Printer Friendly

Nursing management review: Parkinsonism, hypertension, pneumonia.

Managing nursing home residents is becoming ever more clinically demanding. Due to the triple impact of OBRA, the rapid growth of the over-85 population and hospitals' "quicker and sicker" discharges, nursing staffs are under the gun. Their responsibilities for monitoring and managing residents are deepening in clinical sophistication. Recently NURSING HOMES asked two physicians with long experience in the nursing home setting to offer updated nursing care guidelines for conditions commonly experienced by nursing home residents. Consulted were:

Dennis W. Jahnigen, MD, Chief, Division of Geriatrics, The Cleveland Clinic Foundation, Cleveland, OH, and David Thomas, MD, Associate Professor of Medicine at the Bowman Gray School of Medicine and Medical Director of the Oak Summit Nursing Home, Winston-Salem, NC.

They addressed specific concerns with Parkinsonism, hypertension and pneumonia, as follows:


Dr. Jahnigen: "Of primary concern with Parkinsonism is its impact on resident autonomy and self-care. It is important to be aware of the psychological impact of this disorder and how demoralizing it is. Nursing should be supportive of self-care, such as bathing or brushing teeth, even if it takes more time than having the nurses simply do it themselves.

"Physical activity is very important to these patients, because they tend to be hypoactive and even vegetative. Programs of walking, assisted walking or wheelchair activities are all part of a good nursing care environment.

"As for monitoring anti-Parkinson medications, it's worth noting that, as a group, they rank second or third in incidence of psychiatric side effects. They have a major impact, for example, on incidence of delirium in the nursing home. The OBRA regulations have recommended drug holidays for all drugs that effect the central nervous system, and it might be helpful to apply that to anti-Parkinsonian medications, as well. Then it becomes the nurse's primary responsibility to report on all changes, or lack of change, observed in the resident with respect to onset of tremor, rigidity or bradykinesia, or psychiatric side effects."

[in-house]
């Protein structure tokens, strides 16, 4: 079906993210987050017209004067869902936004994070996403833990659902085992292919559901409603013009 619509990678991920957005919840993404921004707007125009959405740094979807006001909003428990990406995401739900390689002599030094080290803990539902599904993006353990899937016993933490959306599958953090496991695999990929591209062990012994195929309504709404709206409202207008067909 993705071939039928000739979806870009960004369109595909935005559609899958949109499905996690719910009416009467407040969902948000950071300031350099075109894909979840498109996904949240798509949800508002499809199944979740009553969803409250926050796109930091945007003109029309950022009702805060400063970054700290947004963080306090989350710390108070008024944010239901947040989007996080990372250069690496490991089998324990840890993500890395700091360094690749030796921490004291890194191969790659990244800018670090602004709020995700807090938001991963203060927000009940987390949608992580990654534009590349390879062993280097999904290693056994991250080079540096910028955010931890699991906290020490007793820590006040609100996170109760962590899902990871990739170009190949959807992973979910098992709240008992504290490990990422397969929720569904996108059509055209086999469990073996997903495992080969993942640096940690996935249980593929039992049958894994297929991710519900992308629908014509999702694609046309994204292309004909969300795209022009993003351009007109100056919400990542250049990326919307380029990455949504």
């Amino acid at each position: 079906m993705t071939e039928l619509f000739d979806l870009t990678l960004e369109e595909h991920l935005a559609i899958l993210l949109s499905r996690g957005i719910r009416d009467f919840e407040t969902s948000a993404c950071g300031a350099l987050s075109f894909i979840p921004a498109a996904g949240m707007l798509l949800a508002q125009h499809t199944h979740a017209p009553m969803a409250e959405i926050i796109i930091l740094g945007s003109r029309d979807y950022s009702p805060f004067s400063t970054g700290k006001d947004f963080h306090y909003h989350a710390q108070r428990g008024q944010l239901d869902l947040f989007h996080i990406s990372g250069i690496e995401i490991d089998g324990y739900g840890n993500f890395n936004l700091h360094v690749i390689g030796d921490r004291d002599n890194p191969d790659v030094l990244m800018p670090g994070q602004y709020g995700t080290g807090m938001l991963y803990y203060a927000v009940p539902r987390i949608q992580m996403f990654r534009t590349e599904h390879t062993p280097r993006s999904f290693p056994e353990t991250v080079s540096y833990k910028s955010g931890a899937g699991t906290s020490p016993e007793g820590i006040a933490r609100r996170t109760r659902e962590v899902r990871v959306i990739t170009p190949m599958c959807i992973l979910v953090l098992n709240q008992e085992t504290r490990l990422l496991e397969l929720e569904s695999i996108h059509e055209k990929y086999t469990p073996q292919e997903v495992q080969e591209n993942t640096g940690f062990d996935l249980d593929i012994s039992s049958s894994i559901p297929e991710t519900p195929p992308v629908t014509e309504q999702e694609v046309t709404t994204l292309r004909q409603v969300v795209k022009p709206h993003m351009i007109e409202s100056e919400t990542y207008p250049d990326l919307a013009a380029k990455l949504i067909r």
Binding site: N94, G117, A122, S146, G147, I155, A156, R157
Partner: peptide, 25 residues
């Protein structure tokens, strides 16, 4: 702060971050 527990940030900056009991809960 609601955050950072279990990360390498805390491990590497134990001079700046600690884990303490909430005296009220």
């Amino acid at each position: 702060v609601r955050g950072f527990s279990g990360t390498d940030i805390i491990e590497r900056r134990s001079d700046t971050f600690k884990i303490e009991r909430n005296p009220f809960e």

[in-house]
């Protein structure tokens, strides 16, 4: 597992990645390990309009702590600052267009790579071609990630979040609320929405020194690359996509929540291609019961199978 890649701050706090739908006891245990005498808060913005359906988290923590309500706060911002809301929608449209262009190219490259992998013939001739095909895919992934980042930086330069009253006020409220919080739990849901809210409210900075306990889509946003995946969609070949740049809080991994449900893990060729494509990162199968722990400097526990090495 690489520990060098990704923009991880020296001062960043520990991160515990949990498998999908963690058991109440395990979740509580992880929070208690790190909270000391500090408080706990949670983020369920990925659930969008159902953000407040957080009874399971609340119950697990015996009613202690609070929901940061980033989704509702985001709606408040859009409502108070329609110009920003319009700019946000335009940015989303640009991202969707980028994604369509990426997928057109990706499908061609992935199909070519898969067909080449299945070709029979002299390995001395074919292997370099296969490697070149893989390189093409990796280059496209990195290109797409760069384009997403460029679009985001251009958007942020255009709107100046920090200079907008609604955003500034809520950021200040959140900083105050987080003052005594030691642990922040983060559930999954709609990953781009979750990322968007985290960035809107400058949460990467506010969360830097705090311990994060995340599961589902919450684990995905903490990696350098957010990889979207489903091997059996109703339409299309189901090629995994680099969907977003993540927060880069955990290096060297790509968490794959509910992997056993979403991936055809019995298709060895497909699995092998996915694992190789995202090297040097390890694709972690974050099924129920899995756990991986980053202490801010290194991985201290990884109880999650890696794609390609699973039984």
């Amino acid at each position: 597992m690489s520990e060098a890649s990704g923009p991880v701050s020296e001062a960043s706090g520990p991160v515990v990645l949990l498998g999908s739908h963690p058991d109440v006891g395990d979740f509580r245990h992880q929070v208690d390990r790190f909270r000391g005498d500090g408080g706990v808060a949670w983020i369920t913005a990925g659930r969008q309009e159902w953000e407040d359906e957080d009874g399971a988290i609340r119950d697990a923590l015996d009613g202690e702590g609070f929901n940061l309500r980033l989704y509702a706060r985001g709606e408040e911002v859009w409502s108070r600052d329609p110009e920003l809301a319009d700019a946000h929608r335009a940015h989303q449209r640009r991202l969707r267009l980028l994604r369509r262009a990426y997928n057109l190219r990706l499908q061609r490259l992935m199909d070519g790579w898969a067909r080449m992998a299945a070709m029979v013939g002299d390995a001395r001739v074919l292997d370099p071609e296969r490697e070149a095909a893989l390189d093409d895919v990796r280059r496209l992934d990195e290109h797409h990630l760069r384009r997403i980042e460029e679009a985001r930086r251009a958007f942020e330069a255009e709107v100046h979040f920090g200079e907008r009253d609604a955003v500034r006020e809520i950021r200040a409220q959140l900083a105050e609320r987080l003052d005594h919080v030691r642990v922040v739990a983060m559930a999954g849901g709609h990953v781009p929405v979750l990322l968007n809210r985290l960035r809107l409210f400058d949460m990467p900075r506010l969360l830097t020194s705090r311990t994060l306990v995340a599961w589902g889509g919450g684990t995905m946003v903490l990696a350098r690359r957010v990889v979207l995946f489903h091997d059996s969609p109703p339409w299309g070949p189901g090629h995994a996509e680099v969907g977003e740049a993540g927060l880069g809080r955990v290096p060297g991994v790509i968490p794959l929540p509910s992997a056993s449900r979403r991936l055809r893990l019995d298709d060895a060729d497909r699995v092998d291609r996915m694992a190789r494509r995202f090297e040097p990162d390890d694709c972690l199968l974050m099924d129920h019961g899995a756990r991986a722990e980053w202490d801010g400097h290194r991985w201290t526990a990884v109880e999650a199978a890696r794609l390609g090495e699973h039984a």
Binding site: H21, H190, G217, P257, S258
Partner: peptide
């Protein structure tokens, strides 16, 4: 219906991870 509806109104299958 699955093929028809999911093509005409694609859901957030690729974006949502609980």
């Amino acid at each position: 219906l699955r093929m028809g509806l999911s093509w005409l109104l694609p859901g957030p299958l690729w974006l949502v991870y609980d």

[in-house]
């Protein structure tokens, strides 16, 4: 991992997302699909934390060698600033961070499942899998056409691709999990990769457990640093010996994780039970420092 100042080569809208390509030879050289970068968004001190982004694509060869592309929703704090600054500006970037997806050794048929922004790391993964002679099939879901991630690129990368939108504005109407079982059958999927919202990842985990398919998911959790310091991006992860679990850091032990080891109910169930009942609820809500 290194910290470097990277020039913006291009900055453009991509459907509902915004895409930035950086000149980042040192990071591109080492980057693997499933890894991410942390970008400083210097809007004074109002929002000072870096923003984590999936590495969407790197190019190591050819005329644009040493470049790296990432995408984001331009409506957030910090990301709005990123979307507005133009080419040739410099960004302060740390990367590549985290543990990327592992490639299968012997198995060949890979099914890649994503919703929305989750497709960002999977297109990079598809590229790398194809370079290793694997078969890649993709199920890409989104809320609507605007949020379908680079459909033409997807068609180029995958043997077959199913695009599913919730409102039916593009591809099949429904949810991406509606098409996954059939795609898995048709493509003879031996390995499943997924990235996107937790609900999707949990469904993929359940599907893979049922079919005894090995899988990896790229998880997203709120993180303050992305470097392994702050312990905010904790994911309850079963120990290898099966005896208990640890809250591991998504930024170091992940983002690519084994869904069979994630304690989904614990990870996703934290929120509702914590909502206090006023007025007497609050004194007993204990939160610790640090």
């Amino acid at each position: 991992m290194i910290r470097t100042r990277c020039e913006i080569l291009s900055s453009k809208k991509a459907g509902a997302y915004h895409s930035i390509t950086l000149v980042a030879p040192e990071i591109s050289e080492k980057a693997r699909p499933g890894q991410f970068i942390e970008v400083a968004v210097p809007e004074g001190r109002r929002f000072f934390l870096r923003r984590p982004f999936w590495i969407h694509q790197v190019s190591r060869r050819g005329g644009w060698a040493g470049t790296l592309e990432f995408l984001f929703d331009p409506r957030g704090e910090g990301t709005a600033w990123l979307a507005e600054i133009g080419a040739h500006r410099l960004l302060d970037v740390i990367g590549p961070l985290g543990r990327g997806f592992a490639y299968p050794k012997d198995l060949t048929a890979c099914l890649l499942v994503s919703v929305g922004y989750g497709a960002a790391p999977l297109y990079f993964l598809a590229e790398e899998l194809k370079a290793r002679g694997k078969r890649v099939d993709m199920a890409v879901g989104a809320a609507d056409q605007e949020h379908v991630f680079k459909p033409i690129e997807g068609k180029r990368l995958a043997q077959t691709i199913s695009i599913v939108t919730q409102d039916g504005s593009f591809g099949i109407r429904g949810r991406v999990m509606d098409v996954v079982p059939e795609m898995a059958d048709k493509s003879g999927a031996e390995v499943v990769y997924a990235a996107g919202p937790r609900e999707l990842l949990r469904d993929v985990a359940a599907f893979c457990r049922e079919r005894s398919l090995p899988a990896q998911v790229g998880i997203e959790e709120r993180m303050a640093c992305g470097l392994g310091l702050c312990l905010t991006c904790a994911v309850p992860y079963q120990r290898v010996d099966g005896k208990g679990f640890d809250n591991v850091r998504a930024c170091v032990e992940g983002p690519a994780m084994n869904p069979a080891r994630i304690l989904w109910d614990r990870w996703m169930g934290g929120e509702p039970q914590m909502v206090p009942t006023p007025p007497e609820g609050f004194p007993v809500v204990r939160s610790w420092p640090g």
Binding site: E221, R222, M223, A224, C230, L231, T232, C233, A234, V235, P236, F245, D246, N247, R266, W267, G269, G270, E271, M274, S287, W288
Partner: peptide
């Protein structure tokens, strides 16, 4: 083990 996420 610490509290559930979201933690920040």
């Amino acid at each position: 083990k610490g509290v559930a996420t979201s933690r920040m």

Dr. Thomas: "Observing for the effects of the anti-Parkinsonian medications is a most important issue. At our facility we have special charting arrangements to track for the off-on phenomenon or the wearing-off effect, both of which occur particularly toward the terminal stages of the disease. We then monitor, of course, for the effects of any drug adjustments.

"While it is true that we tend to get the most severe cases of Parkinsonism in the nursing home, we also very frequently find ourselves initiating treatment for this disease. Either the diagnosis hasn't been made yet or drug therapy has been inadequate. This is largely because the physician and the family have not been in a position to monitor the patient closely enough. This is where the nursing home is superbly equipped to provide optimum care. Because of the opportunity it presents for close observation by professionally-trained nurses, we are able to prescribe and adjust drug therapy more accurately than was ever possible in the physician's office."